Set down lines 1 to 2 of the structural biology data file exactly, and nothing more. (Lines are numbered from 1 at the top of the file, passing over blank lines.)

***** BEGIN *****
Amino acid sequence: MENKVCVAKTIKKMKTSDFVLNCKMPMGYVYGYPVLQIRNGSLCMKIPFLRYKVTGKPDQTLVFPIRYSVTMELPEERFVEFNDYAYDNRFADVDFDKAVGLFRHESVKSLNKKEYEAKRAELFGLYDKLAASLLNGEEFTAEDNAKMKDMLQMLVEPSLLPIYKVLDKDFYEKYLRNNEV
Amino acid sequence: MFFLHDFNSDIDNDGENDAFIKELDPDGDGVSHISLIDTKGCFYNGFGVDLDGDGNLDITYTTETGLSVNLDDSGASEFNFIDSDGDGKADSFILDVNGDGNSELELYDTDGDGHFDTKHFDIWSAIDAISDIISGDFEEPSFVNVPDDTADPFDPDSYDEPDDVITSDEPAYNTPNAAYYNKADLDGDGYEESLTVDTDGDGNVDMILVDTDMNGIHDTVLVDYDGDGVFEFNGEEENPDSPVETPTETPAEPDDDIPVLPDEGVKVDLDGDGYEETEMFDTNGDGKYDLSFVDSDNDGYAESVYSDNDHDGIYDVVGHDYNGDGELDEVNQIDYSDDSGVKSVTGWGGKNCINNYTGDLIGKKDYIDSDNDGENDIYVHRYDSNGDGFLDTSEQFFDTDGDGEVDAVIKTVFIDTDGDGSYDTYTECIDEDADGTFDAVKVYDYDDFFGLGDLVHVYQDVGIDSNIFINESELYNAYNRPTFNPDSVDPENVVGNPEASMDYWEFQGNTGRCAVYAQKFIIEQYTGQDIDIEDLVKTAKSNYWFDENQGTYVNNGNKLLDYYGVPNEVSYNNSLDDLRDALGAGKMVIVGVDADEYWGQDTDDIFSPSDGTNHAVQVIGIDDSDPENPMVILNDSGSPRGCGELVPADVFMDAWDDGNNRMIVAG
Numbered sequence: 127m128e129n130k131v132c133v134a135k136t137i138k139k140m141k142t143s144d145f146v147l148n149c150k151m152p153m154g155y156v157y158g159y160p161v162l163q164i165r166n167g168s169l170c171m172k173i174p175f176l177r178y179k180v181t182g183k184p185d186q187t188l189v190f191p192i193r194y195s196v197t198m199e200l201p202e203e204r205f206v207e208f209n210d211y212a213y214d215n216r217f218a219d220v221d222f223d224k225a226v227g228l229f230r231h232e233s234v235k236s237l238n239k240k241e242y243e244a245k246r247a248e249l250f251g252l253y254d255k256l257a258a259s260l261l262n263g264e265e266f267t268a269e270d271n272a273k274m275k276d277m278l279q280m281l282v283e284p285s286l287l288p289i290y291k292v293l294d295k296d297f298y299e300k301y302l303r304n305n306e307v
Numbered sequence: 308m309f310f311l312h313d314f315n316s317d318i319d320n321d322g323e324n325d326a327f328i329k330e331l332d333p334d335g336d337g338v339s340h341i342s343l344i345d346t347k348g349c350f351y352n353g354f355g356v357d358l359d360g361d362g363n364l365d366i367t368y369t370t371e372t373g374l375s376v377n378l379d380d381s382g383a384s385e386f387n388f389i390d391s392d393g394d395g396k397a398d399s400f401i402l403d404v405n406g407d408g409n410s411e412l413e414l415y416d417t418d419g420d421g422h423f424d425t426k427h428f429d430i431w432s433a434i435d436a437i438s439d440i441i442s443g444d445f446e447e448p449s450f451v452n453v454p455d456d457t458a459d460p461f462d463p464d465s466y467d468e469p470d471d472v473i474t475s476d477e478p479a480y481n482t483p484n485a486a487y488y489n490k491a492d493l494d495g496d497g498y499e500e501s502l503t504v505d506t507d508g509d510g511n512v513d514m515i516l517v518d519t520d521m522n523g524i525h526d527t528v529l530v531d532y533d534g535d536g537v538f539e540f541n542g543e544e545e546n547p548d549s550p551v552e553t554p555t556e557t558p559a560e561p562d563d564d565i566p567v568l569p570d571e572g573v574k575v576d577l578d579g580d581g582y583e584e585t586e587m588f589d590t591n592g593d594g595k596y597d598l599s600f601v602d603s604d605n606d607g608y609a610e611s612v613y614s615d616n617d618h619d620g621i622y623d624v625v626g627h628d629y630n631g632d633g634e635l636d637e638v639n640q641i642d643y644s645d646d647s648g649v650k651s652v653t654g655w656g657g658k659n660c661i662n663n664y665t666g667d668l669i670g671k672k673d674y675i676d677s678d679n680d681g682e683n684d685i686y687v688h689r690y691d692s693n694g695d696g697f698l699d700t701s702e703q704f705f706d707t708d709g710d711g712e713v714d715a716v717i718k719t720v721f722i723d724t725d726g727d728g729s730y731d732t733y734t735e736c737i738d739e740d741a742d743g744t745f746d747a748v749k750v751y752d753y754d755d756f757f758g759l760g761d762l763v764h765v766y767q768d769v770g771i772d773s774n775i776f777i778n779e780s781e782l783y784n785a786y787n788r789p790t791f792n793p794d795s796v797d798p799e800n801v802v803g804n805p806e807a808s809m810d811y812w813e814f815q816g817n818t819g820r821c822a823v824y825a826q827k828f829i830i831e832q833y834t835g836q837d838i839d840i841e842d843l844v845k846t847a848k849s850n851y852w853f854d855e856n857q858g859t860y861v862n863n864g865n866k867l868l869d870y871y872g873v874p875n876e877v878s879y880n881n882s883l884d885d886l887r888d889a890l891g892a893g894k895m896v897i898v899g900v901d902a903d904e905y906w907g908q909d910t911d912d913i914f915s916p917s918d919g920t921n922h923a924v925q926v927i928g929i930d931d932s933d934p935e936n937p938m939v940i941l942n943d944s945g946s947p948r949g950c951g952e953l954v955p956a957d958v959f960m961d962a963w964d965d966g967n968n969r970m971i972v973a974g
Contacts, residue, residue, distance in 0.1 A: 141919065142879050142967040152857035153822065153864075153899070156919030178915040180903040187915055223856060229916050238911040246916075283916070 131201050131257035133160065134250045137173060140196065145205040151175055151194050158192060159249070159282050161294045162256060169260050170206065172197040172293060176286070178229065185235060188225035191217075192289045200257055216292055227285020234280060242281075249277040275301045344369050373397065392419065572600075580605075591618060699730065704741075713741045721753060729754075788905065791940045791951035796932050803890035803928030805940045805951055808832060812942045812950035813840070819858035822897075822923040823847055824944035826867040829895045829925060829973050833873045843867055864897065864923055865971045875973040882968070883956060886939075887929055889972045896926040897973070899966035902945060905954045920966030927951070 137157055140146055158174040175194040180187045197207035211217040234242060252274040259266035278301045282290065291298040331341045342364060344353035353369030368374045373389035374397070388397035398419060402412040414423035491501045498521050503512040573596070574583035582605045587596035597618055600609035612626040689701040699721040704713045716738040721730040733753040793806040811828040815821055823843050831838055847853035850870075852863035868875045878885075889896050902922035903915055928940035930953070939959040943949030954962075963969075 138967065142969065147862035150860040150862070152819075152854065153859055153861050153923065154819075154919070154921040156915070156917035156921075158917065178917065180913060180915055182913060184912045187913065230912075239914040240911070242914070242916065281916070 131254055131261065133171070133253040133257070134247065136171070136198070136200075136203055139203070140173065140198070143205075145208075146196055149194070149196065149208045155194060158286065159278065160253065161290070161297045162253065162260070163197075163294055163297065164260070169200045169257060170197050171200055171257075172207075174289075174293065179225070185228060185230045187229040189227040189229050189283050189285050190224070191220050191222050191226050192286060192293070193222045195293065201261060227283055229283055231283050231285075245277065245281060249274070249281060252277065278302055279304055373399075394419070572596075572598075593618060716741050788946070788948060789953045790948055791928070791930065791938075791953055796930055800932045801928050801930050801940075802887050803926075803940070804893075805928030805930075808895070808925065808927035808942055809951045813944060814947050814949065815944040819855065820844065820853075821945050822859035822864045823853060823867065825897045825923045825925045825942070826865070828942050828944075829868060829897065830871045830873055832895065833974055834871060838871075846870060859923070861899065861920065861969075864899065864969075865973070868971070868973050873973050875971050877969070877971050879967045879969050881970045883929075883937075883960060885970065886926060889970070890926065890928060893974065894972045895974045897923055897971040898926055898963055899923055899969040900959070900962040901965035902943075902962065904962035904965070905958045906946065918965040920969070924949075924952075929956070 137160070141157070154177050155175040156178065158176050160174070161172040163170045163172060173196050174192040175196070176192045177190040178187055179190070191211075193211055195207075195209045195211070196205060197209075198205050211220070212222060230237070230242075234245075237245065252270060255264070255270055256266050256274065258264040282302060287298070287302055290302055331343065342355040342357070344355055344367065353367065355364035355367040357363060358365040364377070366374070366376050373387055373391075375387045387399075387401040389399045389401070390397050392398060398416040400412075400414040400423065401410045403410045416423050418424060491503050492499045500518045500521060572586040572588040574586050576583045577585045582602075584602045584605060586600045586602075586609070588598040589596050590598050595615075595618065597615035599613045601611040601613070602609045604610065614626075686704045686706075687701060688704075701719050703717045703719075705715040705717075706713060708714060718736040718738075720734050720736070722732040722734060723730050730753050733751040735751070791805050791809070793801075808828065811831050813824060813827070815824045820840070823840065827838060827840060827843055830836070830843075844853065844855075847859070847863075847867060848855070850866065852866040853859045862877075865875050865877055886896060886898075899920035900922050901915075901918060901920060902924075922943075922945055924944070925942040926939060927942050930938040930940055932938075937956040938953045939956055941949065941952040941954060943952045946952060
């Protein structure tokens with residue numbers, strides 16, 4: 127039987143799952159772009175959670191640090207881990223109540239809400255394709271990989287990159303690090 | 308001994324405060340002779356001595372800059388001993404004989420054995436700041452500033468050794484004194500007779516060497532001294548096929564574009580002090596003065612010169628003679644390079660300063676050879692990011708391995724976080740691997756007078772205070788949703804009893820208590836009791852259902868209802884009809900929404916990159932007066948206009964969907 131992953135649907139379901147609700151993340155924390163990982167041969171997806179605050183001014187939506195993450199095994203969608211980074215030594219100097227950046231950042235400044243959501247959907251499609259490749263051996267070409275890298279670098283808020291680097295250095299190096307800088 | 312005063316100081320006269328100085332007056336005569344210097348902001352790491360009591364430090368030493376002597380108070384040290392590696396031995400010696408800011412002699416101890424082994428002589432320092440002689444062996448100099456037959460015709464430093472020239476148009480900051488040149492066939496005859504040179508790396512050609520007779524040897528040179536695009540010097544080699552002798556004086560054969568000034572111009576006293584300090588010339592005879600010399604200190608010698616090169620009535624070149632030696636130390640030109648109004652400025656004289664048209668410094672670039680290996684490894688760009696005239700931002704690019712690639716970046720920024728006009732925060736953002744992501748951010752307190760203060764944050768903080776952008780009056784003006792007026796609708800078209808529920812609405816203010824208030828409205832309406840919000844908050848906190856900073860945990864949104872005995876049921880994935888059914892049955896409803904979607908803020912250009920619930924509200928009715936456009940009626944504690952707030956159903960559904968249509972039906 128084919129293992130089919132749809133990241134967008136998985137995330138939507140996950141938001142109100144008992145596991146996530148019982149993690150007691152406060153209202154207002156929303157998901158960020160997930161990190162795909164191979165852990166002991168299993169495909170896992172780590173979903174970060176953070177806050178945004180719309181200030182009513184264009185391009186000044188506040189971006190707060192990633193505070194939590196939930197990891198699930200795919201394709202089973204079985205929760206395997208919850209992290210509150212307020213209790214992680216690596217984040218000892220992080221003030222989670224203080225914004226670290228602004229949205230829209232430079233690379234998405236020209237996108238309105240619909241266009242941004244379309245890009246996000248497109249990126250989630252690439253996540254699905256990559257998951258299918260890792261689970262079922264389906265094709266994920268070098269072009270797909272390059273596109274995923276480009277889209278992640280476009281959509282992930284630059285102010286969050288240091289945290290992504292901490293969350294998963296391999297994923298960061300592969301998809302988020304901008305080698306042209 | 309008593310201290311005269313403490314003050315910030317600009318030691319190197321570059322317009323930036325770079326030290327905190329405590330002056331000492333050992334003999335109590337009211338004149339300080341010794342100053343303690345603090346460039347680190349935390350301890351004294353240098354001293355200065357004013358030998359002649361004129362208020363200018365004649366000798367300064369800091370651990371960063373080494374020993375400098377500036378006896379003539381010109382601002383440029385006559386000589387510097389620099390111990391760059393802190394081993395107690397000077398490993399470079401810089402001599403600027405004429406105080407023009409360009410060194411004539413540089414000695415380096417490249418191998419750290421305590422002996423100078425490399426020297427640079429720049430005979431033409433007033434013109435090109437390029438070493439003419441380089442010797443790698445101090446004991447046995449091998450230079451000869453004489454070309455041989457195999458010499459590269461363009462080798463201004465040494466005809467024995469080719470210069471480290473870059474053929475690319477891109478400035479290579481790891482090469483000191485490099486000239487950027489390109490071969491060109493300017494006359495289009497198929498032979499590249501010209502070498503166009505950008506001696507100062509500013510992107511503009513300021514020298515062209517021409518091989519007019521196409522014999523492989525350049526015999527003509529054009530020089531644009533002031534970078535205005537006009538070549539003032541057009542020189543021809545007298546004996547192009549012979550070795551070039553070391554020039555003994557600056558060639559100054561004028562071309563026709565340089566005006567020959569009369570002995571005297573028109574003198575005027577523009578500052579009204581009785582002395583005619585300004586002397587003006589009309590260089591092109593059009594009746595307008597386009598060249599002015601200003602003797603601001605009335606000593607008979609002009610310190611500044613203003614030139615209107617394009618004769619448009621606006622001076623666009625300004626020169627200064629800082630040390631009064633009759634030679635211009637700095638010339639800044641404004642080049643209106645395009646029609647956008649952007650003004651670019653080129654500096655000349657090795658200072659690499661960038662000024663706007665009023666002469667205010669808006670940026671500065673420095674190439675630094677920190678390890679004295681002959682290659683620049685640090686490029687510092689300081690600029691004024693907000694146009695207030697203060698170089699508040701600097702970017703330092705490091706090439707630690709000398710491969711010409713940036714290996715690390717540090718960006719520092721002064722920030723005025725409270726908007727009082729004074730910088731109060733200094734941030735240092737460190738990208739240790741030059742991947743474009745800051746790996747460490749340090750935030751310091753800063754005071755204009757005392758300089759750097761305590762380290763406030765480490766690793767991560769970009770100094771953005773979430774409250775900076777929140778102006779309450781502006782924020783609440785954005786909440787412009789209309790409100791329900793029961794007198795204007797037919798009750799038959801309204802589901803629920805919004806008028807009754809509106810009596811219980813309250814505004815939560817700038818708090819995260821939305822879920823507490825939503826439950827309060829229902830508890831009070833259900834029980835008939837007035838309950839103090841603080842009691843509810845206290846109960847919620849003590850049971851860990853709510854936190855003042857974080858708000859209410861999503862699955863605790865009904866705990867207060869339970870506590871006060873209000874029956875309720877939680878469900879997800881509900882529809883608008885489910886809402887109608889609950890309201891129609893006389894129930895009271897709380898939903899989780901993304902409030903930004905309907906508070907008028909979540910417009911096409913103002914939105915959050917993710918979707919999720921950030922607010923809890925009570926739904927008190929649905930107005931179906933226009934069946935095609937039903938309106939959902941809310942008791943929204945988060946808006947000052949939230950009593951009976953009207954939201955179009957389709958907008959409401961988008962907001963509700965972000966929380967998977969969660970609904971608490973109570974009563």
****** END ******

Amino acid sequence: MENKVCVAKTIKKMKTSDFVLNCKMPMGYVYGYPVLQIRNGSLCMKIPFLRYKVTGKPDQTLVFPIRYSVTMELPEERFVEFNDYAYDNRFADVDFDKAVGLFRHESVKSLNKKEYEAKRAELFGLYDKLAASLLNGEEFTAEDNAKMKDMLQMLVEPSLLPIYKVLDKDFYEKYLRNNEV
Amino acid sequence: MFFLHDFNSDIDNDGENDAFIKELDPDGDGVSHISLIDTKGCFYNGFGVDLDGDGNLDITYTTETGLSVNLDDSGASEFNFIDSDGDGKADSFILDVNGDGNSELELYDTDGDGHFDTKHFDIWSAIDAISDIISGDFEEPSFVNVPDDTADPFDPDSYDEPDDVITSDEPAYNTPNAAYYNKADLDGDGYEESLTVDTDGDGNVDMILVDTDMNGIHDTVLVDYDGDGVFEFNGEEENPDSPVETPTETPAEPDDDIPVLPDEGVKVDLDGDGYEETEMFDTNGDGKYDLSFVDSDNDGYAESVYSDNDHDGIYDVVGHDYNGDGELDEVNQIDYSDDSGVKSVTGWGGKNCINNYTGDLIGKKDYIDSDNDGENDIYVHRYDSNGDGFLDTSEQFFDTDGDGEVDAVIKTVFIDTDGDGSYDTYTECIDEDADGTFDAVKVYDYDDFFGLGDLVHVYQDVGIDSNIFINESELYNAYNRPTFNPDSVDPENVVGNPEASMDYWEFQGNTGRCAVYAQKFIIEQYTGQDIDIEDLVKTAKSNYWFDENQGTYVNNGNKLLDYYGVPNEVSYNNSLDDLRDALGAGKMVIVGVDADEYWGQDTDDIFSPSDGTNHAVQVIGIDDSDPENPMVILNDSGSPRGCGELVPADVFMDAWDDGNNRMIVAG